Wednesday, February 20, 2013

Customer preference does not protect employers from race discrimination claims


CNN reports that a Flint, Michigan, nurse is suing her hospitalbecause it kowtowed to a man’s request that no African-American employees care for his baby. The lawsuit [pdf] outlines her key allegations:

     11. The father told the Charge Nurse that he did not want any African Americans taking care of his baby. While telling the Charge Nurse, he pulled up his sleeve and showed some type of tattoo which was believed to be a swastika of some kind.

     12. After the father made the discriminatory request to not allow African Americans to take care of his baby, instead of flatly denying the request, the Charge Nurse called the Nurse Manager, Defendant Osika.

     13. Defendant Osika told the Charge Nurse, Herholz, to re-assign the baby to another nurse and to advise Plaintiff that Defendant Osika, would speak to her supervisor and take care of it the next day.

     14. Plaintiff was re-assigned on or about October 31, 2012 because she is African American….

     19. When Plaintiff reported to her work, she learned that during that day there was a note prominently posted on the assignment clipboard that read as follows: “NO AFRICAN AMERICAN NURSE TO TAKE CARE OF BABY.” Plaintiff was shown a picture of the note.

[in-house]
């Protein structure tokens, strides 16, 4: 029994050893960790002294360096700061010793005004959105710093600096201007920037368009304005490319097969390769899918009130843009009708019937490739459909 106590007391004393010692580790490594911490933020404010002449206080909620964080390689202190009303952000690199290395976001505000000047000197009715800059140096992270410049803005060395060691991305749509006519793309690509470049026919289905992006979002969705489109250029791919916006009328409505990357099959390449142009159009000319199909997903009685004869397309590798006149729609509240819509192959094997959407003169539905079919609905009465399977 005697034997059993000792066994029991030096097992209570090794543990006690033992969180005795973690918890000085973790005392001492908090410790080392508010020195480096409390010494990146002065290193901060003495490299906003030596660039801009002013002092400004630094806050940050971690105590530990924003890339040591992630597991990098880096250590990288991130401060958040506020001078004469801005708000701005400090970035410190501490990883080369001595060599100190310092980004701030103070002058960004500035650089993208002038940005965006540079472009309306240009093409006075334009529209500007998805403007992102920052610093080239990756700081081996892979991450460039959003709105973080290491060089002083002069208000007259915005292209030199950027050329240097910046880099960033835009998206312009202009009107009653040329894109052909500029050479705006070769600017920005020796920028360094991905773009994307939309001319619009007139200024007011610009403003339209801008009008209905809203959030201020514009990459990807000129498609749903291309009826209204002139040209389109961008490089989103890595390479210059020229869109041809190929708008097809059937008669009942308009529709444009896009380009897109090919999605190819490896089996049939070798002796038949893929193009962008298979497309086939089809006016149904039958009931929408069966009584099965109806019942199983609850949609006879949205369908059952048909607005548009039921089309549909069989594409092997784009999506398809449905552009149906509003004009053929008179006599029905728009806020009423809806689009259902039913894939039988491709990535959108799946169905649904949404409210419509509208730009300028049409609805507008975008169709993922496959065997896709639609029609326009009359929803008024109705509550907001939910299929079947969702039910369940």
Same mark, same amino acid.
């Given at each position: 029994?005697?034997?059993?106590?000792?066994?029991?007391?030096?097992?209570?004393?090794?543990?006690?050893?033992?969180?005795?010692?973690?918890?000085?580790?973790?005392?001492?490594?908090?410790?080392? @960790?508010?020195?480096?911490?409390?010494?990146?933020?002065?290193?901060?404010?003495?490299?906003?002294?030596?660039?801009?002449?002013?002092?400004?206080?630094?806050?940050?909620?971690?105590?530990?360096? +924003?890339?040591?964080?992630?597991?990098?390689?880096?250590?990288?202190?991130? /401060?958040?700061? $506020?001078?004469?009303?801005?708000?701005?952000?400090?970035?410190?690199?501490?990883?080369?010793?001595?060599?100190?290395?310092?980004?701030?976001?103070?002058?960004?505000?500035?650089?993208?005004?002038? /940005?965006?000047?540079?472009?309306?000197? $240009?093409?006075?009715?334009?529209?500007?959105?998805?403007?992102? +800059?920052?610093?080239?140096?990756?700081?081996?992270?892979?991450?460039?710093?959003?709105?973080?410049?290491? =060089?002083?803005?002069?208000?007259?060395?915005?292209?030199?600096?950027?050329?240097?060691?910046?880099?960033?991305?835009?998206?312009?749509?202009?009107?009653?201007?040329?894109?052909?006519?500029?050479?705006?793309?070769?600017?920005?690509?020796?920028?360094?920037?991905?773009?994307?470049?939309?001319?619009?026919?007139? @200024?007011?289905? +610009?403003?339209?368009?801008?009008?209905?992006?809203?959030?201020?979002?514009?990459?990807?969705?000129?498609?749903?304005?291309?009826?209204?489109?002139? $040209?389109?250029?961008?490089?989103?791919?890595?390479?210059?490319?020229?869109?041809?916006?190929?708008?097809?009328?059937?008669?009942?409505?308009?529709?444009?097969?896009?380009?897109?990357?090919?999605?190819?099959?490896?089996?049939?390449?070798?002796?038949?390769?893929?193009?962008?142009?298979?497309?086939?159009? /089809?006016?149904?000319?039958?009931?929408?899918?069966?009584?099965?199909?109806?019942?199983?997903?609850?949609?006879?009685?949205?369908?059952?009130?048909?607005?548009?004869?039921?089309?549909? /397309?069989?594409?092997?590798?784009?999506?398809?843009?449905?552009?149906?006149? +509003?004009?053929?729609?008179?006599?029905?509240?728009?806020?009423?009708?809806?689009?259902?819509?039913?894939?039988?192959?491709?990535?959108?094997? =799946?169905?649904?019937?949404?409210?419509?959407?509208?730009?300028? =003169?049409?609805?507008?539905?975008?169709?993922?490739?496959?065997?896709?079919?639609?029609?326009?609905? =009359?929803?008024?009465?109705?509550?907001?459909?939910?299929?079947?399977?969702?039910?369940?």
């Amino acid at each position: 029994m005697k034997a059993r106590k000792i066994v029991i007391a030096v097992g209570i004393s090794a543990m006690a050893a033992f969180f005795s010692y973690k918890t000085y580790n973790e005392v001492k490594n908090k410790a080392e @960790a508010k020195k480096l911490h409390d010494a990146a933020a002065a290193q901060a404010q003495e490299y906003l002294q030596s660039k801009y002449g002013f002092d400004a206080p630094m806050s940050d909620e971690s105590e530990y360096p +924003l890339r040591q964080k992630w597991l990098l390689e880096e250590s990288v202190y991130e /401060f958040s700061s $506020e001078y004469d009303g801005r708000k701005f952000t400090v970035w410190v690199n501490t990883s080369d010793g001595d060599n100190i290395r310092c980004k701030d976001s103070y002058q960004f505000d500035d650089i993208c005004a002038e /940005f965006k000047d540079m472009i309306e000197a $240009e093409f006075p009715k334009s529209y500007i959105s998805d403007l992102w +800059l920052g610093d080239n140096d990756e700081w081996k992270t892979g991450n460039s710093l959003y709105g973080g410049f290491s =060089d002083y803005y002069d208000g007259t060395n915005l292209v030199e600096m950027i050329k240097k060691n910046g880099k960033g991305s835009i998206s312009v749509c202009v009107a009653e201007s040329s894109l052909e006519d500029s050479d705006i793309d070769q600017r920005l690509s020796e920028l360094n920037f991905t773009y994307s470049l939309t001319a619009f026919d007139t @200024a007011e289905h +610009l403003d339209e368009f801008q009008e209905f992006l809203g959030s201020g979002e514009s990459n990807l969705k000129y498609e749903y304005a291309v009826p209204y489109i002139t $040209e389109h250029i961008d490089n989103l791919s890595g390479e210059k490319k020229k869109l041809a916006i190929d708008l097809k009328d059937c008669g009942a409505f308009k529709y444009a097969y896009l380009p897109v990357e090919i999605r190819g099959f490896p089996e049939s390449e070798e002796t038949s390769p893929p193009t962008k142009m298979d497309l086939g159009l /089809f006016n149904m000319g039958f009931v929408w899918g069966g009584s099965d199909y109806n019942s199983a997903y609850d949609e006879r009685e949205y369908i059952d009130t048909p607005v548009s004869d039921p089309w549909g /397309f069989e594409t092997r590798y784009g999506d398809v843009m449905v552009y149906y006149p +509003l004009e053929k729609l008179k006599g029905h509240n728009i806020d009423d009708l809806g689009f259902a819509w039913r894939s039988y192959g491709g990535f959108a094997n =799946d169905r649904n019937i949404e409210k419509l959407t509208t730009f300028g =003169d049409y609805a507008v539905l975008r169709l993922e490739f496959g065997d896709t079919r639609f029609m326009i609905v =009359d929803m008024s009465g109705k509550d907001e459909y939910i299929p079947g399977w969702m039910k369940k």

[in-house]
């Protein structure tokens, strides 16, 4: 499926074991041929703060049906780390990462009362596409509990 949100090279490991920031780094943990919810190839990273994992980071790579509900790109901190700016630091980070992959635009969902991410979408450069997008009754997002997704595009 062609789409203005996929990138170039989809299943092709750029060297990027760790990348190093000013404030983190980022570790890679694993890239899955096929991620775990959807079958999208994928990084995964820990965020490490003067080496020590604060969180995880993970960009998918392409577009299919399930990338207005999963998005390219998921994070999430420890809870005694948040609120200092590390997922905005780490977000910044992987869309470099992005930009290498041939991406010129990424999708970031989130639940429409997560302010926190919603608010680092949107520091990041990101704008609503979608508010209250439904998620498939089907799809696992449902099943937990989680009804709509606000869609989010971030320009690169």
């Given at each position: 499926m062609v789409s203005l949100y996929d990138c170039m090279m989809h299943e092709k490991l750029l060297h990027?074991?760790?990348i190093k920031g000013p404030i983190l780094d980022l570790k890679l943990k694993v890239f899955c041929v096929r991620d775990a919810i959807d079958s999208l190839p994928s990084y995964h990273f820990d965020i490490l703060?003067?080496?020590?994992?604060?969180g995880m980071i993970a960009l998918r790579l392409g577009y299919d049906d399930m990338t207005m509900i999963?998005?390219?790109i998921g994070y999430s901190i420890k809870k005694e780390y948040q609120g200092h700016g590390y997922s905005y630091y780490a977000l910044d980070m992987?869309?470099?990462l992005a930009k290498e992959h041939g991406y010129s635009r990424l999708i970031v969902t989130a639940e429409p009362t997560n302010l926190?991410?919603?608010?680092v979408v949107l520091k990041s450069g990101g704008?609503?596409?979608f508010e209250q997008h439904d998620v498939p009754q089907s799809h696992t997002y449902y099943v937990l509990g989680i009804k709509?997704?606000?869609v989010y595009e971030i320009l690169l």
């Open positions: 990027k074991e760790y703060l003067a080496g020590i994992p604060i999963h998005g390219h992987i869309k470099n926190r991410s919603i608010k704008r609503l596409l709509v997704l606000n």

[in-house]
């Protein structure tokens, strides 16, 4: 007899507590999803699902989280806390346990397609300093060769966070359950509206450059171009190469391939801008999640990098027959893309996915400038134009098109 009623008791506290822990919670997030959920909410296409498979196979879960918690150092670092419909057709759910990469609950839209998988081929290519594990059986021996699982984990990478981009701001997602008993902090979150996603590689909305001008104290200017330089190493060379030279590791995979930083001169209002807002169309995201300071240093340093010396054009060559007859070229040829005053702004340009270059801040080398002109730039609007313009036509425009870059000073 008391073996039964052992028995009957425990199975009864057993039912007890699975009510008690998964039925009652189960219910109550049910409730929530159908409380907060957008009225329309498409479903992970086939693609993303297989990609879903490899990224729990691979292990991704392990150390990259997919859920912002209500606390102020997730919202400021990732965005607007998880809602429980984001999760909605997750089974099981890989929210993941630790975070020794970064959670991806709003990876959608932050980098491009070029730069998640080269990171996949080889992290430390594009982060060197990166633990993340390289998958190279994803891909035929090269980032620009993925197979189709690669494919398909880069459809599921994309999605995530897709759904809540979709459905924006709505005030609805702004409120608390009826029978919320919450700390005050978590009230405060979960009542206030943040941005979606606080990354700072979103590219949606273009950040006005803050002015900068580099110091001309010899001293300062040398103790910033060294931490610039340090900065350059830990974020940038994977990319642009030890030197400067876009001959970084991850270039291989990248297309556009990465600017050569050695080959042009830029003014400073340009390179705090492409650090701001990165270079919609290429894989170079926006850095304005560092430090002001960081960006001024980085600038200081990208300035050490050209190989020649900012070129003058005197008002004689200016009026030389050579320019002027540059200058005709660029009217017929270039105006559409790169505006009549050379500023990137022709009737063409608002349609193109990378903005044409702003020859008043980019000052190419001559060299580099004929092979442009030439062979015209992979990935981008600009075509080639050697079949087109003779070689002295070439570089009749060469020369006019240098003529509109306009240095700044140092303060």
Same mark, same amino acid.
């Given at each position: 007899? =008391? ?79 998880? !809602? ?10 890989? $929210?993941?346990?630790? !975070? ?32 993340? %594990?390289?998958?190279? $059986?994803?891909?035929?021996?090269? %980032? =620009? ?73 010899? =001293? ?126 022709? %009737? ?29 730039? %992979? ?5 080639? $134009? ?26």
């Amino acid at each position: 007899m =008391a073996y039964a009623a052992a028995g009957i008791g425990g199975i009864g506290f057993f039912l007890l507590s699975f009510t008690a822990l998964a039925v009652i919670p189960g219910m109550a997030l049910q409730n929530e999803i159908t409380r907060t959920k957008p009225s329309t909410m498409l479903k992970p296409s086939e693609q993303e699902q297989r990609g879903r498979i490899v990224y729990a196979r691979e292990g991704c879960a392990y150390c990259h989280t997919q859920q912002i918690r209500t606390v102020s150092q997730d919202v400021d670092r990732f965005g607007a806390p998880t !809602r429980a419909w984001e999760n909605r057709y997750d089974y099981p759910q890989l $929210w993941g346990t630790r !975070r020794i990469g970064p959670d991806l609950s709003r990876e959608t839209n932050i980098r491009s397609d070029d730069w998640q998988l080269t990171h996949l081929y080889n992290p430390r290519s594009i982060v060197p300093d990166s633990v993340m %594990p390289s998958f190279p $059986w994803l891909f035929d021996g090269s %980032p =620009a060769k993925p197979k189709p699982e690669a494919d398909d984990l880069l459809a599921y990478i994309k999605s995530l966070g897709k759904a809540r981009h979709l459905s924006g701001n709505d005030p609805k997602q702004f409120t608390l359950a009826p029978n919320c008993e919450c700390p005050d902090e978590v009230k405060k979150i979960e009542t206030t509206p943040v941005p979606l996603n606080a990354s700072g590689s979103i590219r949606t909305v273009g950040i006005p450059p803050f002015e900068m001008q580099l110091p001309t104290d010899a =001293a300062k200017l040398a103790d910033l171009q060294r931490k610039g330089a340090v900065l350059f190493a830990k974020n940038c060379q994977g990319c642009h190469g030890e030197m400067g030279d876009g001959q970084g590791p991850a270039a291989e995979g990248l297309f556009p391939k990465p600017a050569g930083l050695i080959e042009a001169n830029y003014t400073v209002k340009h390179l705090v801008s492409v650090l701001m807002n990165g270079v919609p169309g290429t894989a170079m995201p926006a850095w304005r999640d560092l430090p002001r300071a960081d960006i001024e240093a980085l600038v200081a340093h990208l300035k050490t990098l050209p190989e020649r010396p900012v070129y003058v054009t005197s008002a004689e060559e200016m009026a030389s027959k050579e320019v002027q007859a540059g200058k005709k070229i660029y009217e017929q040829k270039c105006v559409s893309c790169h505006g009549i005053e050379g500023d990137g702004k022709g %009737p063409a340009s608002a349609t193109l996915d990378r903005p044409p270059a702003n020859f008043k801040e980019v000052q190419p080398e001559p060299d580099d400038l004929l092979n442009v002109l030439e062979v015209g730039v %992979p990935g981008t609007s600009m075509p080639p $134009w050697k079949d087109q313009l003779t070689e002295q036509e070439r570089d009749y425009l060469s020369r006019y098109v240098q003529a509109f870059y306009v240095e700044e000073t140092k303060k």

Let’s make this as clear as possible. Adhering to the request of a customer is not a defense to a race discrimination claim. As one court succinctly stated : “It is now widely accepted that a company’s desire to cater to the perceived racial preferences of its customers is not a defense under Title VII for treating employees differently based on race.” (Note that the same might not hold true for a customer preference based on gender, because employers can claim a bona fide occupational qualification as a defense to a sex discrimination claim).

If you find yourself in a position of having to face down a customer making such a request, take a stand. Tell the customer, “We don’t treat our employees like that, and if you can’t deal, we don’t need your business.” Be the better corporate citizen. It’s not just the legal way to act, it’s the moral way to act.

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